Objective. The primary objective of this study was to describe the usual psychological, emotional, and behavioral evaluations of overweight children and adolescents to target education of pediatric health care providers. A secondary aim was to determine whether certain provider characteristics were associated with recommended evaluation practices.
Methods. A total of 203 pediatricians, 293 pediatric nurse practitioners, and 444 registered dietitians completed questionnaires about their evaluation of overweight children and adolescents (response rates 19%, 33%, and 27%, respectively). Results were examined for adherence to published recommendations and for associations with certain provider characteristics.
Results. All 3 groups generally followed recommended psychological and emotional evaluation practices. Nearly all respondents obtained a diet history, and >75% evaluated physical activity as recommended. Fifty to 61% routinely initiated treatment in overweight children with no obesity-associated medical conditions, and 13% to 29% initiated treatment in children and adolescents who did not want to control weight. The majority included parents in treatment, but one third or fewer involved all household members. More than 75% sometimes referred to a mental health specialist. In general, provider’s body mass index, gender, years in practice, and practice specialty were not associated with following evaluation recommendations.
Conclusions. Emotional and behavioral assessments were generally consistent with recommendations. Providers will benefit from identification of methods to engage overweight youth who do not want to control weight.
Obesity is a challenging health problem for children as well as adults. Scientists are learning more about physiologic and environmental causes of obesity and searching for effective treatments but have not found an easy, effortless intervention. The foundation of therapy remains modification of eating and activity.1 Although simple to describe, this approach is rarely simple to implement and instead requires deliberate, gradual steps. An accurate assessment of medical conditions and risks needs to precede treatment. However, equally important is a thorough evaluation of psychological and emotional risks and existing eating and activity behaviors. This evaluation must precede efforts to change these behaviors.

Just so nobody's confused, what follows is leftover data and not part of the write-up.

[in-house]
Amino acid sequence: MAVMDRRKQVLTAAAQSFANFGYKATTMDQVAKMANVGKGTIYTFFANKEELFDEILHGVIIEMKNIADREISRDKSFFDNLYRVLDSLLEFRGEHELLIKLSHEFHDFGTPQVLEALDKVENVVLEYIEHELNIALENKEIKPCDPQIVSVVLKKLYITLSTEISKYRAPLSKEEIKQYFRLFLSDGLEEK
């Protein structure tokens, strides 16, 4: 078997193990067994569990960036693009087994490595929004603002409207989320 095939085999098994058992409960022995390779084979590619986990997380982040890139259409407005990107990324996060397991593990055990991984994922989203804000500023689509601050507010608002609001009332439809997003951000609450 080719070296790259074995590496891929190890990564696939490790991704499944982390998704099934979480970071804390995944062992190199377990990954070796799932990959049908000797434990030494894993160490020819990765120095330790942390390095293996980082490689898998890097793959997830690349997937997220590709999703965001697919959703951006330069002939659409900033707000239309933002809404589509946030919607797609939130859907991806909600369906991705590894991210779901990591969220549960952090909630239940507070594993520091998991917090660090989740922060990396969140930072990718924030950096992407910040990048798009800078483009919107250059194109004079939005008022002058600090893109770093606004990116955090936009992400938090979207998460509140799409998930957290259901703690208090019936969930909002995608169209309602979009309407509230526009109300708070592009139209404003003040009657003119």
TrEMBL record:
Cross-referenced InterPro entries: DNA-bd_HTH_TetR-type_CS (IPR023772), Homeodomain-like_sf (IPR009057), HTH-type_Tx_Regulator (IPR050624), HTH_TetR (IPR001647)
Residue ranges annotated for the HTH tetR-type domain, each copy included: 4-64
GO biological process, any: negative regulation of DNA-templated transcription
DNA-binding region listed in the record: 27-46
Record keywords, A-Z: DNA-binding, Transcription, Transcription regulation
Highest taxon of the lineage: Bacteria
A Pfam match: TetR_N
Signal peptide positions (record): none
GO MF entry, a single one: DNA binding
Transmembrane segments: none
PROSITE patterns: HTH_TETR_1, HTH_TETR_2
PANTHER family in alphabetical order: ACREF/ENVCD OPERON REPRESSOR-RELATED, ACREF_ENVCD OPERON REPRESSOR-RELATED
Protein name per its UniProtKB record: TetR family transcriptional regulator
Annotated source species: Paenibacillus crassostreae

In many obese children and adolescents, the most widespread consequences of obesity are psychosocial.2 Young people are socialized to the importance of appearance early in life. Both boys and girls who perceive themselves to be different from recognized norms report dissatisfaction with themselves, and excess weight is a common reason for feeling different.3 Obese adolescents often experience significant depression and low self-esteem.4 Obese preschoolers have greater frequency and higher levels of emotional distress and psychiatric symptomatology than peers of normal weight.5 A practitioner who understands the psychological significance of a child’s or adolescent’s obesity will be able to focus concern on health, not self-worth, or to refer for counseling if necessary.
Research over the past 4 decades has demonstrated that childhood is a period when dietary and lifestyle patterns are initiated.6 These patterns influence body composition. Data from the National Heart, Lung, and Blood Institute Growth and Health study demonstrated a relationship between physical activity patterns, number of hours of television and videos watched, intake of saturated fats, and body mass index (BMI) and skinfold thickness in African American and white adolescent girls. In both groups of girls, body fatness was significantly related to sedentary activity and high-fat diet.7